Why John Legend and Misty Copeland Care About Access to Fresh Produce
R&B singer-songwriter John Legend and American Ballet Theatre sensation Misty Copeland are raising awareness about an issue close to home for both performers. Approximately 30 million people in the U.S. don’t have access to affordable, quality fruits and vegetables, and therefore can’t feed their families foods that will keep them healthy.
Copeland — who is recognized as the first African-American woman to be promoted to the highest-ranking position in her company’s 75-year existence — grew up in California without the proper means for fresh produce. Now that she lives comfortably in Manhattan, she’s made it her mission to give back to those in similar situations as her younger self.
“It’s so necessary to be your healthiest self and for your mind to be sharp and functioning in a way that a lot of children in underprivileged communities — they don’t have that opportunity or that option,” the 36-year-old ballerina told The Daily Meal. “It’s so important to be able to give back to communities like I grew up in. It’s crazy how many don’t have access to [fresh produce].”
Legend, who recently achieved EGOT status, has long been an activist of many hats. Food insecurity never truly plagued his family growing up, but he remembers others struggling around him, and that had an impact on him just the same.
“Studies show that parents — when they can afford it and when they have access to quality produce — they want that for their kids, but a lot of the time they just can’t access it either because of affordability issues or just [a] lack of quality groceries in their area,” the 39-year-old “All of Me” singer told The Daily Meal. “I grew up in a family where we had enough to eat pretty healthily, but we grew up in a neighborhood where there were plenty of people on food stamps, plenty of people that had a lot of food insecurity, and it was a very real thing to me because I saw it everywhere we were.”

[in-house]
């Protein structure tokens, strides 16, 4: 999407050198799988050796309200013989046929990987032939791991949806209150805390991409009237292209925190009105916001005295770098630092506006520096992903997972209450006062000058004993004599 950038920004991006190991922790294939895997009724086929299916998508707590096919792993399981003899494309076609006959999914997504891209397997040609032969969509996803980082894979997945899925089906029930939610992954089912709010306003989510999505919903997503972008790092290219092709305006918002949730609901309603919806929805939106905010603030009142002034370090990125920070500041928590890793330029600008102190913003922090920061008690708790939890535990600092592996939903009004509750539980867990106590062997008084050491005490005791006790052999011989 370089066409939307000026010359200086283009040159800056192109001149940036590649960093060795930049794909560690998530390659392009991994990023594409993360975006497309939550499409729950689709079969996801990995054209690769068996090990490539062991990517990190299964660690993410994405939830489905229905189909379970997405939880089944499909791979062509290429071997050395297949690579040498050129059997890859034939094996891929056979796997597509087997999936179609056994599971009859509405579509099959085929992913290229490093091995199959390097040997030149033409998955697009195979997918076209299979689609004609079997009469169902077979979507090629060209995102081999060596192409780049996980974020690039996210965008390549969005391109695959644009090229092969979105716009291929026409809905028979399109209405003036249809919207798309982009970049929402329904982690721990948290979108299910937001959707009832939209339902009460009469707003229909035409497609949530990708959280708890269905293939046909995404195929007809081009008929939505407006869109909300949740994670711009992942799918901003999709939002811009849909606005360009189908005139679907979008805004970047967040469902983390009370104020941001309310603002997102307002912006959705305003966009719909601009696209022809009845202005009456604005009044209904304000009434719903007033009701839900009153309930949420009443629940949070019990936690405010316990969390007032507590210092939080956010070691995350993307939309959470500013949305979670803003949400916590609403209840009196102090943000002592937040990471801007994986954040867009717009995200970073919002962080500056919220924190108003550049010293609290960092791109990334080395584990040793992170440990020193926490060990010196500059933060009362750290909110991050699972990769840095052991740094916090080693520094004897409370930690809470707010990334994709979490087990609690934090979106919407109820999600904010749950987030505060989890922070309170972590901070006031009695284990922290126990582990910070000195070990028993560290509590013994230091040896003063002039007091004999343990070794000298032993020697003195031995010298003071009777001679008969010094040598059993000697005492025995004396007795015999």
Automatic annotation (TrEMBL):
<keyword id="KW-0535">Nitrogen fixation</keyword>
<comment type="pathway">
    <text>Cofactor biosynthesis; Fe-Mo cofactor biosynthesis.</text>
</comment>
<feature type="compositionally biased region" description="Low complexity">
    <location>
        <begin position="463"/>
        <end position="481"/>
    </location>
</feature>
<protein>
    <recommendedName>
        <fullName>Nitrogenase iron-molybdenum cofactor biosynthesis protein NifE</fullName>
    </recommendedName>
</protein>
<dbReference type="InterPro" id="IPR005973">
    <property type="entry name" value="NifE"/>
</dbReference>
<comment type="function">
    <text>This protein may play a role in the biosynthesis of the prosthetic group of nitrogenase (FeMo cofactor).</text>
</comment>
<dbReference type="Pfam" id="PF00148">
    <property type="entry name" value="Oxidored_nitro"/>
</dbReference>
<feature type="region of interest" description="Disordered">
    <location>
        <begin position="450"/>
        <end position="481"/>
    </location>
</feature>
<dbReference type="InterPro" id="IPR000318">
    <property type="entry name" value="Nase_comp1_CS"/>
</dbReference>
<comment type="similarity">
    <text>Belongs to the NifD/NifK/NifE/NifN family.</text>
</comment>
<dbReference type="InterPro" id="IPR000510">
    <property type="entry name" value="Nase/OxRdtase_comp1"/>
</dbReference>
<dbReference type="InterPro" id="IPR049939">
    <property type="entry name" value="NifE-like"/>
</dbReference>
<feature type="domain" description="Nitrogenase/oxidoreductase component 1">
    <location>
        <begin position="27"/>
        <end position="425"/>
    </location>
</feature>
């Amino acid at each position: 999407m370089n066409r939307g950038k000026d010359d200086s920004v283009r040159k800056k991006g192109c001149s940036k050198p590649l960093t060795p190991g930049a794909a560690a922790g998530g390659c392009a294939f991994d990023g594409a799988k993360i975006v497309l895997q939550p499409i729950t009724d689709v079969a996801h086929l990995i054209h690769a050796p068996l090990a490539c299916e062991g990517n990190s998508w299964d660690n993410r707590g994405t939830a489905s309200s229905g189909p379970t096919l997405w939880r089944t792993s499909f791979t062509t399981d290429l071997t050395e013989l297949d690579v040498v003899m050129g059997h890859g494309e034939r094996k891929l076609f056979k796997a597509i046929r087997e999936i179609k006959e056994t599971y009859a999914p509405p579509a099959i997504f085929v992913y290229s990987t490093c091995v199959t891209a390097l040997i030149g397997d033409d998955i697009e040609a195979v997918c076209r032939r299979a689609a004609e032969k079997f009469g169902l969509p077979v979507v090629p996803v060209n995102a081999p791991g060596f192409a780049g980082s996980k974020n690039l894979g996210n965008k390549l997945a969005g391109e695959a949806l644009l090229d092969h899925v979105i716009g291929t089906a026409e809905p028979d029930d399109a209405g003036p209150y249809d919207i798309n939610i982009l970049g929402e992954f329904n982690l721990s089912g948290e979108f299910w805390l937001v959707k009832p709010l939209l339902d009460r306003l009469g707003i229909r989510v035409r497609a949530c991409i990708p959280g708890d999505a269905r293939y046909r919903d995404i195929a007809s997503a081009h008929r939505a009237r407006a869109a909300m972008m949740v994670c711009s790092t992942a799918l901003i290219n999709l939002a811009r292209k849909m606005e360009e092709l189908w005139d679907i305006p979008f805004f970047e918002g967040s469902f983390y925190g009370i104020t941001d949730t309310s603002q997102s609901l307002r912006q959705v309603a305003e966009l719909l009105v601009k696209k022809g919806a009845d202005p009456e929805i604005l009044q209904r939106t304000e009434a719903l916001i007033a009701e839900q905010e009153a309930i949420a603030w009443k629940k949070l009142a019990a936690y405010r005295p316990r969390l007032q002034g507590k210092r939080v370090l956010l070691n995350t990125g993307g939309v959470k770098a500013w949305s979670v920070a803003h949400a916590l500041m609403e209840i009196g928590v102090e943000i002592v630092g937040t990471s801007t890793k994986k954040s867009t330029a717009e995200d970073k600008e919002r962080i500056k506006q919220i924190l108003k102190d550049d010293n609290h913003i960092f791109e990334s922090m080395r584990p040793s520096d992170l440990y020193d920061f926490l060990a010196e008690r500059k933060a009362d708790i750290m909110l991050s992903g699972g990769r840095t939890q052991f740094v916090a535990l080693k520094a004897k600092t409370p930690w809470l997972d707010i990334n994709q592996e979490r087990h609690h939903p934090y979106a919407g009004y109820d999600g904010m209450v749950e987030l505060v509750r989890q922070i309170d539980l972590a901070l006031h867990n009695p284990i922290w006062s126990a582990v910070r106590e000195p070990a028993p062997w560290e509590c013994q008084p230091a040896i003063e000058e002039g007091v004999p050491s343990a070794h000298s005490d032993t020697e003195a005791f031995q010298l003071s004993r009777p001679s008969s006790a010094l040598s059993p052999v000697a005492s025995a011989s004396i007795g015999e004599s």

Legend is concerned about economically and financially stable people who don’t live in underprivileged areas because they might be unaware of what’s going on in less fortunate surrounding neighborhoods.
“There are so many of our brothers and sisters living in communities that don’t have access to the things they need to be healthy and to live a life of sustenance that we kind of take for granted,” he said.
So what can you do to help low-income families gain access to fresh fruits and vegetables? The answer is simple: dance — the shopping cart dance, specifically. (Yes, the semi-embarrassing move your grandparents pulled back in the day.) Capture the gig on video, in a photo or Boomerang and upload it to Facebook, Instagram, or Twitter with the hashtag #FillYourCartForGood.
For every post now until November 4, Naked Juice will donate $100 to communities in need through nonprofit Wholesome Wave. But don’t stop there! Here are 60 more things you can do to fight hunger in America.